The IMF released the following report on Barbados today (22/11/2017) – Barbados Underground
End-of-Mission press releases include statements of IMF staff teams that convey preliminary findings after a visit to a country. The views expressed in this statement are those of the IMF staff and do not necessarily represent the views of the IMF’s Executive Board. Based on the preliminary findings of this mission, staff will prepare a report that, subject to management approval, will be presented to the IMF’s Executive Board for discussion and decision.
- Continued strong growth in long-stay tourism has supported Barbados’ economic growth, but fiscal consolidation is contributing to a slowdown.
- The adjustment strategy should focus on addressing the high transfers, containing other current expenditures and maintaining a strong revenue effort.
- Urgent structural reforms are needed to support growth and improve the business climate for domestic and foreign investment.
An International Monetary Fund (IMF) team led by Judith Gold, visited Barbados during November 7-21 to conduct the 2017 Article IV Consultation discussions. At the conclusion of the visit, Ms. Gold issued the following statement:
“Continued strong growth in long-stay tourism has supported Barbados’ economic growth, but the fiscal tightening is contributing to a slowdown. Following last year’s improved performance of 1.6 percent, real growth is projected to slow to 0.9 percent for the year, reflecting ongoing fiscal consolidation efforts. Long-stay tourist arrivals continue to expand at a healthy pace. Inflation is projected to rise by year end to 5.5 percent, from 3.6 percent at end-2016. While credit growth remains subdued, financial soundness indicators suggest a relatively healthy banking sector.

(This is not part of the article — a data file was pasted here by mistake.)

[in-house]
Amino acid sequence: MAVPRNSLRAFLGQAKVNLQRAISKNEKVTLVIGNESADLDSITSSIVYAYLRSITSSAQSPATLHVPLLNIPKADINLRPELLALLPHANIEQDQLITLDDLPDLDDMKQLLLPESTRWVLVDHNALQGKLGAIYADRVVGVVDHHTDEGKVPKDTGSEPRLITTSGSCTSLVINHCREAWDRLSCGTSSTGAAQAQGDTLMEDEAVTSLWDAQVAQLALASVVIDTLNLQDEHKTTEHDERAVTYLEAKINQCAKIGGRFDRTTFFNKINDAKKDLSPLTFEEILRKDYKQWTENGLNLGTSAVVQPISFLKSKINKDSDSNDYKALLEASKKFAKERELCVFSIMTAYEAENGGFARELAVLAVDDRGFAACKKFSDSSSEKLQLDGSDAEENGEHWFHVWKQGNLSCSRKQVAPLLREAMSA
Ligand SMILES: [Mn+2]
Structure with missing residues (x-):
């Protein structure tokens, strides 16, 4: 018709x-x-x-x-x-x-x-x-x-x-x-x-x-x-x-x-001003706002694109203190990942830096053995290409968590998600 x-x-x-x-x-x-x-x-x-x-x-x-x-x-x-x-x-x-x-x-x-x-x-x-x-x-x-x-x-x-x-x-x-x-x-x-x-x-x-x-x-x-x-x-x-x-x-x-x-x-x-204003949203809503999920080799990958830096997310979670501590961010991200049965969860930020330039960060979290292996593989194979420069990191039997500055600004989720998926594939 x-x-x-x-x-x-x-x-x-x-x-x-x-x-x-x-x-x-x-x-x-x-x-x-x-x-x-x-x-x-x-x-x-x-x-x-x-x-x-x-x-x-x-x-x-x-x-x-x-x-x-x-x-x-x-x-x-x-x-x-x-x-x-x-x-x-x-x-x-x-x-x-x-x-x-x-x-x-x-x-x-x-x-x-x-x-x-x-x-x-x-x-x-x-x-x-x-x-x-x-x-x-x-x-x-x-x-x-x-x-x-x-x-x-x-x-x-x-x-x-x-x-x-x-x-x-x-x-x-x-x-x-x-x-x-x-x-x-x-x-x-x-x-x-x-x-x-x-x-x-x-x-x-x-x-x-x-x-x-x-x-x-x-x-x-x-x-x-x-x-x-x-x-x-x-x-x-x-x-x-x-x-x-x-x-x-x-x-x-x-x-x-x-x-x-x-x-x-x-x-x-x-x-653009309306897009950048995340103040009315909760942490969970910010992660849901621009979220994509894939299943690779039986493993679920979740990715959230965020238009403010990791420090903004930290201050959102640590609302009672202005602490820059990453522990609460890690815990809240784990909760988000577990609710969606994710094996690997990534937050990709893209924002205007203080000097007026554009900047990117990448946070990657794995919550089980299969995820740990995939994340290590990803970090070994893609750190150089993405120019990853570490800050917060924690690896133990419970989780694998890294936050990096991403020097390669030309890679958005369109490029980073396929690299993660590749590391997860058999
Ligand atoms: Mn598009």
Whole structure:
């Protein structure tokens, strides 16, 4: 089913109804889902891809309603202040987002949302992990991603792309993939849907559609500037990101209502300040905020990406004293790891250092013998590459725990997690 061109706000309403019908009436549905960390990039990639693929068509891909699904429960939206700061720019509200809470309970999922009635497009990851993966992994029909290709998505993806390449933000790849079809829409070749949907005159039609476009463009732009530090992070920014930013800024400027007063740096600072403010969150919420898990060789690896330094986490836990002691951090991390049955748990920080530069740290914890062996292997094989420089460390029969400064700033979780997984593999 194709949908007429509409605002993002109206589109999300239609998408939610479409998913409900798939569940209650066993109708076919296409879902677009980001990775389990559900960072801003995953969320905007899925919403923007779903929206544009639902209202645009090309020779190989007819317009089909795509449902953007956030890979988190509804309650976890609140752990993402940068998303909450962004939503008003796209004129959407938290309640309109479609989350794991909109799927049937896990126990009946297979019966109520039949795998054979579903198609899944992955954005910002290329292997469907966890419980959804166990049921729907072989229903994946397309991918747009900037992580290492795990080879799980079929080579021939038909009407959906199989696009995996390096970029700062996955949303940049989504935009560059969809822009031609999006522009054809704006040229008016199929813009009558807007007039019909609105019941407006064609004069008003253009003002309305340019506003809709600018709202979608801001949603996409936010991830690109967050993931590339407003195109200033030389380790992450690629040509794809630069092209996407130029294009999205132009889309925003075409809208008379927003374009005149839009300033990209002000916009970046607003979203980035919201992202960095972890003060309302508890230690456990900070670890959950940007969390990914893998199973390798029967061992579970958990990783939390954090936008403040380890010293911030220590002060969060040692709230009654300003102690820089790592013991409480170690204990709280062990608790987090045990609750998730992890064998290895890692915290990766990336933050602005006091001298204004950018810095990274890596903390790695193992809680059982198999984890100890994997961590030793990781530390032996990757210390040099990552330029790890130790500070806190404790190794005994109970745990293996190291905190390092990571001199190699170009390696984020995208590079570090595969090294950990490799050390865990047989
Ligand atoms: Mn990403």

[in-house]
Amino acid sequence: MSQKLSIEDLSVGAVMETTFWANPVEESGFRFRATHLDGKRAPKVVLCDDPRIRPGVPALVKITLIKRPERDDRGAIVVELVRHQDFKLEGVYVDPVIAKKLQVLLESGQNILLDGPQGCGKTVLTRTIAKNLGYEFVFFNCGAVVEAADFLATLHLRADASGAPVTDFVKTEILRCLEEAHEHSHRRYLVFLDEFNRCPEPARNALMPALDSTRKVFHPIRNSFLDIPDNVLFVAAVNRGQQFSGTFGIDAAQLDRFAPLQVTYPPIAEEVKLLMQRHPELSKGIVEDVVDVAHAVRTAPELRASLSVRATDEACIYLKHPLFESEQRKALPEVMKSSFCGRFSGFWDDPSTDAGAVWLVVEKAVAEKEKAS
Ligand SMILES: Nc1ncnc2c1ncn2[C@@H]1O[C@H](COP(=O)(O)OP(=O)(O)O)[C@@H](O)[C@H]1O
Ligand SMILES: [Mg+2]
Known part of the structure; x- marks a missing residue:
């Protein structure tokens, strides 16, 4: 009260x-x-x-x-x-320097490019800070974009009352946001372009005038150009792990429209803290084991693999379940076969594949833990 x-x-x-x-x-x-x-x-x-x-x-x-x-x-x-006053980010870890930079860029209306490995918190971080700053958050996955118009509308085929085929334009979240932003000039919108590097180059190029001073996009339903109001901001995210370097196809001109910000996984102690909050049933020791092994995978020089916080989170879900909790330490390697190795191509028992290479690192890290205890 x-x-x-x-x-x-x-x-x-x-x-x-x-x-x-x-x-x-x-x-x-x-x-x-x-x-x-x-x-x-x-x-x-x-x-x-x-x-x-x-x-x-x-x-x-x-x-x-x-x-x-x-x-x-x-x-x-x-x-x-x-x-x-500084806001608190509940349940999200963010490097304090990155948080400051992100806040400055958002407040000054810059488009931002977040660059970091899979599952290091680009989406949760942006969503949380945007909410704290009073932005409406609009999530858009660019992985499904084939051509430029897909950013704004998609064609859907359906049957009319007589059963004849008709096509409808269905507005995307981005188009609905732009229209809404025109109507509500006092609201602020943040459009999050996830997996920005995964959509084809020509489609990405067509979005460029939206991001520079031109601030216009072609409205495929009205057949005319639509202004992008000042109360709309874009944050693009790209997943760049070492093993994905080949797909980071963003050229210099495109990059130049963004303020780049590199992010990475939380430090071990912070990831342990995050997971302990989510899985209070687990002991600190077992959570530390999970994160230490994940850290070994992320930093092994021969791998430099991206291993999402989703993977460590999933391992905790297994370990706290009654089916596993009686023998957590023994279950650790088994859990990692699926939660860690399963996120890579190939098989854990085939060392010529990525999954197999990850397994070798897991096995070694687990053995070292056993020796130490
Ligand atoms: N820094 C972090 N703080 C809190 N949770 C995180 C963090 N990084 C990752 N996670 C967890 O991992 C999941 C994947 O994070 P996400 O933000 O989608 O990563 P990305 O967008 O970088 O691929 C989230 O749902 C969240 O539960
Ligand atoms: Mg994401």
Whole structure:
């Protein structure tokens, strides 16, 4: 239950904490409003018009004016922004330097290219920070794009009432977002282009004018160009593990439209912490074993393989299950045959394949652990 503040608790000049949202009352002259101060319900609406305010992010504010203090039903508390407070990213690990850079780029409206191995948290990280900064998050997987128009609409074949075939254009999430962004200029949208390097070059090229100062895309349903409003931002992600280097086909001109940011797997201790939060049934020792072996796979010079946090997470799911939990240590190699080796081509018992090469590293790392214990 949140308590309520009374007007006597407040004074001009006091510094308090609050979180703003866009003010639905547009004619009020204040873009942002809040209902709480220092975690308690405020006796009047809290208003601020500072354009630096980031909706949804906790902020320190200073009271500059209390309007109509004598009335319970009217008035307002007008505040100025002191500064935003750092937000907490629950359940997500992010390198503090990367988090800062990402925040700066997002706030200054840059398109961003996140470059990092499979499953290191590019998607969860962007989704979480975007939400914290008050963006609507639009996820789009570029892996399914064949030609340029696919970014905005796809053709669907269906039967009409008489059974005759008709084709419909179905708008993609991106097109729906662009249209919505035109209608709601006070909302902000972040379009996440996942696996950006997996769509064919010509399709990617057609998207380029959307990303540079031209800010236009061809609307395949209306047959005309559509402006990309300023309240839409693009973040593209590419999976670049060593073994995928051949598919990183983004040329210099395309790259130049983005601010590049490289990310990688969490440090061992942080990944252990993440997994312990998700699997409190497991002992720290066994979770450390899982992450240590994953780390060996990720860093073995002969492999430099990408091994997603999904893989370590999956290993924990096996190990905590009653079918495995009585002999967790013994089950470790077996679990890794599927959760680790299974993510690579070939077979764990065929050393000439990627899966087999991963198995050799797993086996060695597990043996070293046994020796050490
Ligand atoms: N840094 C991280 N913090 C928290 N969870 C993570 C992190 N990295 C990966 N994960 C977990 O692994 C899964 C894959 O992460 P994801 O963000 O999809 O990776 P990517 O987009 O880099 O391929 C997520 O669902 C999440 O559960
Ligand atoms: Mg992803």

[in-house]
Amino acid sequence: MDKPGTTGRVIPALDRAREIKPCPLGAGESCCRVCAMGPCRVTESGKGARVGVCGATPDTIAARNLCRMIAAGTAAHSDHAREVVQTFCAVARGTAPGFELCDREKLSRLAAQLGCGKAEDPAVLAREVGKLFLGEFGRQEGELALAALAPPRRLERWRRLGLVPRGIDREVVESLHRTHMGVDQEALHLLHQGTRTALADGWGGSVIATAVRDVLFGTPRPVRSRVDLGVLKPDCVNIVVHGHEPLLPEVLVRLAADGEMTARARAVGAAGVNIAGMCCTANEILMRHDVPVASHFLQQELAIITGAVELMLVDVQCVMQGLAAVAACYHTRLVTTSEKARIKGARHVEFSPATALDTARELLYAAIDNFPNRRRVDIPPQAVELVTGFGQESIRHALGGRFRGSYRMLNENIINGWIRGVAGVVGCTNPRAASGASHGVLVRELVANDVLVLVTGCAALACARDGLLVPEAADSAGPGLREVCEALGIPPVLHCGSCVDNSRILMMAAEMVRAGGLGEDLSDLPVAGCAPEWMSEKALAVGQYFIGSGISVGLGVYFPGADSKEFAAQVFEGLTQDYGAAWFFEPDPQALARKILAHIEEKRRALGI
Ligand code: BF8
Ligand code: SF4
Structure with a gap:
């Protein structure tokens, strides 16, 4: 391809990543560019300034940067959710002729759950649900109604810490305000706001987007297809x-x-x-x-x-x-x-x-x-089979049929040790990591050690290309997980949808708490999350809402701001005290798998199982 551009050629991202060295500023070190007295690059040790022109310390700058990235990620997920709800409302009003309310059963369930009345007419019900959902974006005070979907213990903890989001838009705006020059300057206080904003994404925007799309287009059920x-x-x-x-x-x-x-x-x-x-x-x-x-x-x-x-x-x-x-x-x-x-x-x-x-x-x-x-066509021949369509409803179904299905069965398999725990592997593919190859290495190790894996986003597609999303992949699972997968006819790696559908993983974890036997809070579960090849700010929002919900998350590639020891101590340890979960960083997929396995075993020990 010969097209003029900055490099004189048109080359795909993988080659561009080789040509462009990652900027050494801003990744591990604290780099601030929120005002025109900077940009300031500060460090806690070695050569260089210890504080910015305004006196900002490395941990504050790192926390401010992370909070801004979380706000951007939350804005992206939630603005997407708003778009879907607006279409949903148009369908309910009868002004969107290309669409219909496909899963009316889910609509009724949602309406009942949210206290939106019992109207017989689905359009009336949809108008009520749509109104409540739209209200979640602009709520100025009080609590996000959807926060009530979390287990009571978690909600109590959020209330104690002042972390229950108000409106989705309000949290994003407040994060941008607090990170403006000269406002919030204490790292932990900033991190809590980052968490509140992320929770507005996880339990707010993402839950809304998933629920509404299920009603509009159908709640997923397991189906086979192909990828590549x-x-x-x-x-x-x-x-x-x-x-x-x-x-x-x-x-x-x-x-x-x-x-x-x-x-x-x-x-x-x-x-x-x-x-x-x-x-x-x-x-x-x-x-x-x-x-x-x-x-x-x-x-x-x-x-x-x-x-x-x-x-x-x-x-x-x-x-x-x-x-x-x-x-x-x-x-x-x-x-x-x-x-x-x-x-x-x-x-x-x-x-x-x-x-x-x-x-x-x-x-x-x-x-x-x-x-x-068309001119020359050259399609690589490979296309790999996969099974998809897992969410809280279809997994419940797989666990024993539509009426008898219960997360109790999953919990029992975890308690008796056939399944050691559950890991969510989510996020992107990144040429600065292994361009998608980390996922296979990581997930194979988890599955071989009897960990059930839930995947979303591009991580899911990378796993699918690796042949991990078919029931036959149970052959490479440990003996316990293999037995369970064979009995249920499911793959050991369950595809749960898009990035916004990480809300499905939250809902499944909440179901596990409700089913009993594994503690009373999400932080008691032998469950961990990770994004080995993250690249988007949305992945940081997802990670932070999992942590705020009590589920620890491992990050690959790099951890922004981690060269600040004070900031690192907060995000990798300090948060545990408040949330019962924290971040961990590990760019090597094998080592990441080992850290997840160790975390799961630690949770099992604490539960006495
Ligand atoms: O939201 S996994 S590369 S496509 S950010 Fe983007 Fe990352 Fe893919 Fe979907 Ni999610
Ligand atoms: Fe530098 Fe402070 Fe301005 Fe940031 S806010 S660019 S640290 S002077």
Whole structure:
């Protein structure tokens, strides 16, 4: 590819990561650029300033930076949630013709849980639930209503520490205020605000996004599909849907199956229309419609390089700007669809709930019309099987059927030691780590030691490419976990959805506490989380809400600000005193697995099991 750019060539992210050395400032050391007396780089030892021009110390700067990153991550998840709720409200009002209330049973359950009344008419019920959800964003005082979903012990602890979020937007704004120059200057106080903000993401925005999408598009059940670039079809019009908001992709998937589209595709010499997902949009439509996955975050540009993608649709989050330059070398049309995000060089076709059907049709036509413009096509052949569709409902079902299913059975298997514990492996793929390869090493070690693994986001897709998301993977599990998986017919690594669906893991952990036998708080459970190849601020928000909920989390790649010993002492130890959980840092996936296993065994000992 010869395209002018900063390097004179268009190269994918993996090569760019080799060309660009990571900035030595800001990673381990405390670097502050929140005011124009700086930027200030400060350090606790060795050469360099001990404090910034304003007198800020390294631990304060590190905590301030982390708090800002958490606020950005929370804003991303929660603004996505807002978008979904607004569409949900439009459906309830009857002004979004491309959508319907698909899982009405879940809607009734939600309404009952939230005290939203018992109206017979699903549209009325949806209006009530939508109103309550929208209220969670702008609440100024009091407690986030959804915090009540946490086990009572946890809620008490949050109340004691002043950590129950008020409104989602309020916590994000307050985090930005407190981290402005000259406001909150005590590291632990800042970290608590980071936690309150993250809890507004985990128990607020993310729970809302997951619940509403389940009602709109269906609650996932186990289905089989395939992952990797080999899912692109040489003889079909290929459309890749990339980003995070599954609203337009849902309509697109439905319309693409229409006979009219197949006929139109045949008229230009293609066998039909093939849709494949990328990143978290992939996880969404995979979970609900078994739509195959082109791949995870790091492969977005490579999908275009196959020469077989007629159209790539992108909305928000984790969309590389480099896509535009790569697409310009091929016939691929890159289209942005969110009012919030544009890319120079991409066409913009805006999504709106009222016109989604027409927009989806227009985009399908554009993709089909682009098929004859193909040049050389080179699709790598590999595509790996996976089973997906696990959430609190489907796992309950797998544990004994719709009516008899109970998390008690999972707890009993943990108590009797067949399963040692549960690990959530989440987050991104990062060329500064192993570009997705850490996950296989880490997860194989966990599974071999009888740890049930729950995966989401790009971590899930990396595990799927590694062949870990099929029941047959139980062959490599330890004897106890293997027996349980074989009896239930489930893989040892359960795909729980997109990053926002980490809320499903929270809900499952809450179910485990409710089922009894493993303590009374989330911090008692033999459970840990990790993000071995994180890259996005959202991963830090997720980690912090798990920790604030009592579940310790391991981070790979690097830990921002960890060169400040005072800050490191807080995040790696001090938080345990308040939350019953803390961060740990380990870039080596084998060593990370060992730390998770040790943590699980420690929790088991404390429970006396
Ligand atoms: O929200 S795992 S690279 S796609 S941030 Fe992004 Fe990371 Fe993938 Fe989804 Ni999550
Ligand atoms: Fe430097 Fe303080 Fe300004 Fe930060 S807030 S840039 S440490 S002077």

“Although the current account balance is improving, net international reserves (NIR) have fallen further. The current account deficit narrowed to 4.4 percent of GDP in 2016, and it is expected to narrow further in 2017, as non-oil imports fall in response to the May 2017 budget measures. However, NIR continue to decline as government debt service exceeds new funding, and private foreign inflows remain weak. At end-September, NIR stood at B$550 million.
“Fiscal performance in FY2016/17 improved but the deficit remains large. The fiscal deficit declined more than anticipated in FY2016/17 to 5.5 percent of GDP reflecting improvement in revenue performance, including one-off factors and lower current expenditure. Central government debt increased to 137.1 percent of GDP, up from 134.7 percent in FY2015/16 and 99.4 percent of GDP in FY2011/12. Excluding NIS holdings, central government debt was 101 percent of GDP in FY2016/17.
“With the growing financing challenges and falling reserves, the government introduced an ambitious budget on May 30, 2017 aimed at significantly reducing the fiscal deficit and shoring up international reserves. However, exemptions to the NSRL, lower-than-expected non-oil imports, shortfalls in some other revenues, and high transfers indicate that the government is likely to fall short of its target. Staff estimate that the deficit will decline to 4.1 percent in FY2017/18 without divestment proceeds. The larger than expected fiscal deficit is increasing funding challenges. While the central bank significantly reduced its funding of the government in the first half of FY2017/18, the commercial banks’ reserve requirements for holding government securities have been increased.